It took a bird lover to render the designs for the lifelike owls in Warner’s CG-animated “Legend of the Guardians: The Owls of Ga’Hoole.”

Production designer Simon Whiteley, a onetime BBC graphic designer whose credits range from Boy George videos to the signature “raining code” for “The Matrix,” was tasked with creating the look of the picture: trees, mountains, armor, but most of all the characters — who are largely owls.

“I’ve always been fascinated with flying birds,” says Whiteley, “and owls are probably the most stunning.”

Whiteley works at Animal Logic, the Oz-based vfx/animation studio that animated “Happy Feet” for Warner. Even before helmer Zack Snyder came on the project, studio brass asked Animal Logic to create concept art for a potential movie version of Kathryn Lasky’s “Guardians of Ga’Hoole” books.

Whiteley and a team of designers delivered the art, then Grant Freckelton, who had worked with Whiteley on “300,” created color “look frames.” Those frames caught the eye of “300” helmer Snyder, who asked in on the movie.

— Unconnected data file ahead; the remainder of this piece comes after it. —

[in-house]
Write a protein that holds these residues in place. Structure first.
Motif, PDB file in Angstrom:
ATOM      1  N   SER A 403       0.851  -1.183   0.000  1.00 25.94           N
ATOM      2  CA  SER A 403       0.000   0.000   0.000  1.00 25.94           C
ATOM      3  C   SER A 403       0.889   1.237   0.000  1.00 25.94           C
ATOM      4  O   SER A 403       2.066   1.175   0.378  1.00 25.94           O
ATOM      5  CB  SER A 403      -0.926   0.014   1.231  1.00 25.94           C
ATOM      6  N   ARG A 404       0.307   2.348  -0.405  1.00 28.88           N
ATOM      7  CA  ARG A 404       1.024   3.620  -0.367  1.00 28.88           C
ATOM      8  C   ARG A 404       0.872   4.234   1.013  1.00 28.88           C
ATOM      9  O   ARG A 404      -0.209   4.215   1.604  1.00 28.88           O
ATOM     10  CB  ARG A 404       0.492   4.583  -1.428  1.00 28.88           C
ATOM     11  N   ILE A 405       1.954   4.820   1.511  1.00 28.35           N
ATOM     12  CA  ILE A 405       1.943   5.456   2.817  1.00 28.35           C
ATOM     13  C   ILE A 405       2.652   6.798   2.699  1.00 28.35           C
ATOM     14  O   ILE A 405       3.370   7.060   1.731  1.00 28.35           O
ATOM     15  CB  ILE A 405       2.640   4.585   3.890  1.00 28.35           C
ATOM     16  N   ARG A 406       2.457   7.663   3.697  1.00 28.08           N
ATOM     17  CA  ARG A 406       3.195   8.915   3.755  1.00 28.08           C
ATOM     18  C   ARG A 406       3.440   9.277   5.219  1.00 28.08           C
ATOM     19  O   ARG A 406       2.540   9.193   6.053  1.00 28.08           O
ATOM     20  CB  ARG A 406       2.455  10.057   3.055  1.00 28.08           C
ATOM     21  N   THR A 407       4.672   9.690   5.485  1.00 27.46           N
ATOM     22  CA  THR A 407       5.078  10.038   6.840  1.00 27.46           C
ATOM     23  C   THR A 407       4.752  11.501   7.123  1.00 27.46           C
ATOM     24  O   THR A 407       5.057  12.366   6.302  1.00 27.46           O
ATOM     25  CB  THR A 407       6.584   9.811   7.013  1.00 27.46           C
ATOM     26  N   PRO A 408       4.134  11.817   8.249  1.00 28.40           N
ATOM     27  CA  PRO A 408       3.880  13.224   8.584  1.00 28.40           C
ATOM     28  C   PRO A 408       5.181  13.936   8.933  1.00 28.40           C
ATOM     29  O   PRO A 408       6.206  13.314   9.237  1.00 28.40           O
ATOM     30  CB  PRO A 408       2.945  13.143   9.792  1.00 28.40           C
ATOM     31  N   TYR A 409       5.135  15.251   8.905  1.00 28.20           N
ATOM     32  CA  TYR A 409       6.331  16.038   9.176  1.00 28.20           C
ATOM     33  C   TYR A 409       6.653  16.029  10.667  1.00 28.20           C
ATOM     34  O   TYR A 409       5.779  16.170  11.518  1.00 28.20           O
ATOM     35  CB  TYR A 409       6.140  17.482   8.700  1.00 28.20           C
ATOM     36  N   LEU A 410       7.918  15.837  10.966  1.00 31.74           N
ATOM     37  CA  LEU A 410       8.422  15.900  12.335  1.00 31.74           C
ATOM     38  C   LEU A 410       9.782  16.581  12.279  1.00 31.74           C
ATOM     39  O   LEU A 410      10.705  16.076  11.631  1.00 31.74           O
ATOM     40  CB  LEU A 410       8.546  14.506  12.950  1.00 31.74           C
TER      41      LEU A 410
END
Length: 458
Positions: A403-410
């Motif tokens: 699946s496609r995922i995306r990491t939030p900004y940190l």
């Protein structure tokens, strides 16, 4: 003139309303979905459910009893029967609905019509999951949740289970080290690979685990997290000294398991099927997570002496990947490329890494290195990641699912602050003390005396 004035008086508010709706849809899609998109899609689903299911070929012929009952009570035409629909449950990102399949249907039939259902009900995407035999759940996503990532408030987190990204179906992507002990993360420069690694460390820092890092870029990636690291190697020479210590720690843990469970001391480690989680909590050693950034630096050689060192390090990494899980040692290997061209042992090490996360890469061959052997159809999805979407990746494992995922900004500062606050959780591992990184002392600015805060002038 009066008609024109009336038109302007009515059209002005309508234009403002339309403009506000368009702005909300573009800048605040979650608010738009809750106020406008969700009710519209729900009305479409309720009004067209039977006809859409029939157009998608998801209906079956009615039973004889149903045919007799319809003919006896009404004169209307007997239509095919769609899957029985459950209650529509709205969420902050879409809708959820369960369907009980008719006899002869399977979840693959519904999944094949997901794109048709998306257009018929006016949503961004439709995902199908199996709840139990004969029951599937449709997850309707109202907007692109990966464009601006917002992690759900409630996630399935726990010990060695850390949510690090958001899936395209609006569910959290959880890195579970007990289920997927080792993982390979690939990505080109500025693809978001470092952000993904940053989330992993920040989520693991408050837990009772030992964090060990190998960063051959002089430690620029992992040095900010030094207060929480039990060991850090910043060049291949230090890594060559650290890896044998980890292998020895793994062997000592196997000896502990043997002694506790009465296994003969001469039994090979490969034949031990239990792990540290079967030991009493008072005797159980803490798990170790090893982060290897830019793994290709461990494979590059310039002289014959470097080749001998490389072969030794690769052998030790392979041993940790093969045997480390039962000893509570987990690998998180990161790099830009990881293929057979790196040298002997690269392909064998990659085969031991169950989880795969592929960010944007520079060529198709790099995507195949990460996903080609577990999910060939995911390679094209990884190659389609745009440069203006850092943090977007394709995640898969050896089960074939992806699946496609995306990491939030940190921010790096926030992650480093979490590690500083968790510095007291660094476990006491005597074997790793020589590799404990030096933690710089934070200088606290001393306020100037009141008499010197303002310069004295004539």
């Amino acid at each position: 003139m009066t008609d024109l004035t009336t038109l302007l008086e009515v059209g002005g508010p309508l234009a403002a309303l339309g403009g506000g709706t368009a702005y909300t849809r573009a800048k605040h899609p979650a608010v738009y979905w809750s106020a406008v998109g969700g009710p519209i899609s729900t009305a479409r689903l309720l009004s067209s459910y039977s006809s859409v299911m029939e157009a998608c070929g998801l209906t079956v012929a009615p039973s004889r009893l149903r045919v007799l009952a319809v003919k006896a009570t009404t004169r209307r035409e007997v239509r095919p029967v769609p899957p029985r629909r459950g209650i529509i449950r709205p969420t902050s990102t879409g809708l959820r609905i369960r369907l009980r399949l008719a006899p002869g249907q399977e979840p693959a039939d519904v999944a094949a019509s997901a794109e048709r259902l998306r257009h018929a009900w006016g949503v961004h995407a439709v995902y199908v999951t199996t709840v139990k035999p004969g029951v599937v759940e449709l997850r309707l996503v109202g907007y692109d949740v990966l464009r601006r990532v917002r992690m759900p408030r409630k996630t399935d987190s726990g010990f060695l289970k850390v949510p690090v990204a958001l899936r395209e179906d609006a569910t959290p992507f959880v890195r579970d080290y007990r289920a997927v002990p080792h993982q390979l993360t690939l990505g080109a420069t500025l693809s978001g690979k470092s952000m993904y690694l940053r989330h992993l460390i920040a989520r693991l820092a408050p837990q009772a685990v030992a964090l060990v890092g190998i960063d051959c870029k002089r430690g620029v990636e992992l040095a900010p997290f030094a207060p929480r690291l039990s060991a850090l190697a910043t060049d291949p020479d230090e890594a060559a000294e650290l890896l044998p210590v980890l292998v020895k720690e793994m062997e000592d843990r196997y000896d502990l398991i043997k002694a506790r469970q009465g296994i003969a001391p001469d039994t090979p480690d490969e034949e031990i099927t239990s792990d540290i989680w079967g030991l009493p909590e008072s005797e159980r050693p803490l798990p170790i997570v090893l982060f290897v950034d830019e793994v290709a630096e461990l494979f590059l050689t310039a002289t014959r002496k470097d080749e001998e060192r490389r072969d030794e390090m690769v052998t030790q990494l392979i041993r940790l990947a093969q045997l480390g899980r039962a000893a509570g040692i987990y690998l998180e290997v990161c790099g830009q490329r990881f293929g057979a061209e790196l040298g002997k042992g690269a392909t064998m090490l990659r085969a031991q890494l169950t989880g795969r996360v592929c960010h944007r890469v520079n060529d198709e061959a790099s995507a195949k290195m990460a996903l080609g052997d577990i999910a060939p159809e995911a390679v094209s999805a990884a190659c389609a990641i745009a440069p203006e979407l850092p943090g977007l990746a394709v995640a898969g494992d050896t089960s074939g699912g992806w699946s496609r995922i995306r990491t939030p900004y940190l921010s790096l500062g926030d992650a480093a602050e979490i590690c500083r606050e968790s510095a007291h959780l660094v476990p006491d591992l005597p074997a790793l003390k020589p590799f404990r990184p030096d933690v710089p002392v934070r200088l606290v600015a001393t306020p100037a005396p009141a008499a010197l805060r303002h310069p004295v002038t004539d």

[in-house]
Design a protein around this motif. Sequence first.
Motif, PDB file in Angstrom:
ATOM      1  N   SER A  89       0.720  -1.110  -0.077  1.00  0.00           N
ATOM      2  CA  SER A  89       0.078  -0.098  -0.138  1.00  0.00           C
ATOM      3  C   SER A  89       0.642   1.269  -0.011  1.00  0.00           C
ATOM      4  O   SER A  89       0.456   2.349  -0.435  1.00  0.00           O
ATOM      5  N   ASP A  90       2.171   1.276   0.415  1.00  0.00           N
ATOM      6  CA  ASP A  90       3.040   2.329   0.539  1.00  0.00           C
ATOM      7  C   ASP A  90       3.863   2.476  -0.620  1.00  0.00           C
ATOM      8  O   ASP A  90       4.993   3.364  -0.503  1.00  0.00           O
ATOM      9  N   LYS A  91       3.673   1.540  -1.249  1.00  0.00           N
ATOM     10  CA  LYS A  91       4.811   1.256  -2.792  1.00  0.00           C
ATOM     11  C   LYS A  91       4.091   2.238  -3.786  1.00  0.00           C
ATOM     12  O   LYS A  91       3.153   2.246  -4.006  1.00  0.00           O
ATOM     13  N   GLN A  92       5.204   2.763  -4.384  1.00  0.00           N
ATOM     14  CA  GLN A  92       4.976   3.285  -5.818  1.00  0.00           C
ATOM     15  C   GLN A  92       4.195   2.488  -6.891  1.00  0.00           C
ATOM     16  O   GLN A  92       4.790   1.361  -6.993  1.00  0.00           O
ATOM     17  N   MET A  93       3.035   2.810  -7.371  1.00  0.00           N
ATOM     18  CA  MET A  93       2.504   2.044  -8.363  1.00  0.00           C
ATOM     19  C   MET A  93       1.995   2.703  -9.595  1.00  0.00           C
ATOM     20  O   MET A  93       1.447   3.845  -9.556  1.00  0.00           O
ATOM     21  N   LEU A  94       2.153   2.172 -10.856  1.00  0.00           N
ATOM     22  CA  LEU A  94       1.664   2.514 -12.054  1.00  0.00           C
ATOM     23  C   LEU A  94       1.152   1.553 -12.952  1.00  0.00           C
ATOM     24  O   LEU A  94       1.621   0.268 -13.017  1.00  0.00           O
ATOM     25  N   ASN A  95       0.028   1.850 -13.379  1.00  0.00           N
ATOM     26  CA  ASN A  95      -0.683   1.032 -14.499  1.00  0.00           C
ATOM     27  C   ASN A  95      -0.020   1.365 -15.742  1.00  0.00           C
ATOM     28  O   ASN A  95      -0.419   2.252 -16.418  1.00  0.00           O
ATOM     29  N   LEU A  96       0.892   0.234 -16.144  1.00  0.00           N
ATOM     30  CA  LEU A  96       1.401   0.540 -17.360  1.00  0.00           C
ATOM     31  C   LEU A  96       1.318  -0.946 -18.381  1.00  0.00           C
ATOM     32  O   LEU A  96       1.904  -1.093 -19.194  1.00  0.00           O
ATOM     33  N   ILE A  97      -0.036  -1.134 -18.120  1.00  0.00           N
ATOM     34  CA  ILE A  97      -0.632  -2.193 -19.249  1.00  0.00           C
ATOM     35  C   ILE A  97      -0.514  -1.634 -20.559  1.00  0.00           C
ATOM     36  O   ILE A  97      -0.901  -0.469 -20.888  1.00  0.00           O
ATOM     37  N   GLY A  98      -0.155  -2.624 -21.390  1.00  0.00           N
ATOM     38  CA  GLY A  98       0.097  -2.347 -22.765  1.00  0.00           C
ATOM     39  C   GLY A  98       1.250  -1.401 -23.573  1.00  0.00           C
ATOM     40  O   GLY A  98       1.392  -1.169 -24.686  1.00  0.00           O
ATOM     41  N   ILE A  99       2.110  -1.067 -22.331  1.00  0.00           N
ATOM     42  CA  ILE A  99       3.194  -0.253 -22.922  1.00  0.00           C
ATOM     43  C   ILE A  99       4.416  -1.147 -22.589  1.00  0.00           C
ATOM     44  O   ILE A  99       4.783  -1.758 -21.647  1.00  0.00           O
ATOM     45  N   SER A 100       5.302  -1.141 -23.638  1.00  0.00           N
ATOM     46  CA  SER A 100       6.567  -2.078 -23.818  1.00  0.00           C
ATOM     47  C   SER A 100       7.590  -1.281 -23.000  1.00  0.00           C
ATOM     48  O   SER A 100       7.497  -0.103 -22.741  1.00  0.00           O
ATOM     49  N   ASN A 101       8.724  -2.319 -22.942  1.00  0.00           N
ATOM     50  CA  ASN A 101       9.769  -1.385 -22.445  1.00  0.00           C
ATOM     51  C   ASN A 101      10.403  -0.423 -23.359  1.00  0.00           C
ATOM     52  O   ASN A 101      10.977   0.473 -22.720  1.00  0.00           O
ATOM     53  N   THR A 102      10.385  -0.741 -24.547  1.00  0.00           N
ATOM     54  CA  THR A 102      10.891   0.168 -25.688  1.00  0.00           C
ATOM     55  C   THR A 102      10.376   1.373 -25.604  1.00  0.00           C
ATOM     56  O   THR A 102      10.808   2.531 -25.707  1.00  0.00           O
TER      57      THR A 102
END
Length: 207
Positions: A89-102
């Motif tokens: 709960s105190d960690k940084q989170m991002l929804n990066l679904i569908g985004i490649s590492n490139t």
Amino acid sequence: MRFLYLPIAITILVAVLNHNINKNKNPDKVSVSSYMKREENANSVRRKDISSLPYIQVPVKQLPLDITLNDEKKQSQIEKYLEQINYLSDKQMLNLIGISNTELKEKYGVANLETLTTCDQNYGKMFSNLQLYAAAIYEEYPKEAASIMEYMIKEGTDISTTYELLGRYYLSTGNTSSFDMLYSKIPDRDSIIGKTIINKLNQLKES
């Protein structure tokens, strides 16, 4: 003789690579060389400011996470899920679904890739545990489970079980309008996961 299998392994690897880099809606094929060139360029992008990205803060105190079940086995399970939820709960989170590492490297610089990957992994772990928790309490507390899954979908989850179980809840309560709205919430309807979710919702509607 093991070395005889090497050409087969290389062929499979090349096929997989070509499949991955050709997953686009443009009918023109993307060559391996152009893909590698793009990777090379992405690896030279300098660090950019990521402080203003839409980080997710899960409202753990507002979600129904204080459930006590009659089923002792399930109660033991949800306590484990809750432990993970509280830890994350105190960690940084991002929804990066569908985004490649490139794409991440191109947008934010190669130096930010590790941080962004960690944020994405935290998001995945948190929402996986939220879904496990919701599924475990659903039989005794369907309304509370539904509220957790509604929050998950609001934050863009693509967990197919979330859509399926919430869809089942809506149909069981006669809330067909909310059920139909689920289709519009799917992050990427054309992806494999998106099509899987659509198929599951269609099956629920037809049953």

“It was those frames of owls in armor and sparks flying that he thought were the coolest thing,” says Whiteley. Animal Logic, Whiteley and Freckelton — who became art director — all stayed onboard the film.

While Whiteley had to design all the meticulous detail of the world of “Guardians,” he says the realistic owls were by far the biggest challenge. He did extensive research, traveling to bird refuges in England and Australia and studying hours of footage.

Animation supervisor Alex Weight counted on that kind of detail when it came to creating the birds onscreen.

“Simon spent months on fantastic drawings of where the bones should go and how far they can rotate and how far they can move,” says Weight. “Once we put those limitations on the animators, it forced them to think creatively about how to get the owls to emote and get the performances required by Zack.”

Whiteley’s footage also supplied the animators with what Weight calls “an entire library of owl idiosyncrasies” that looked to human eyes like emotions.

“At the beginning of the movie I never expected to create what we had at the end of the movie,” Whiteley says. “It’s way beyond what I imagined.” — David S. Cohen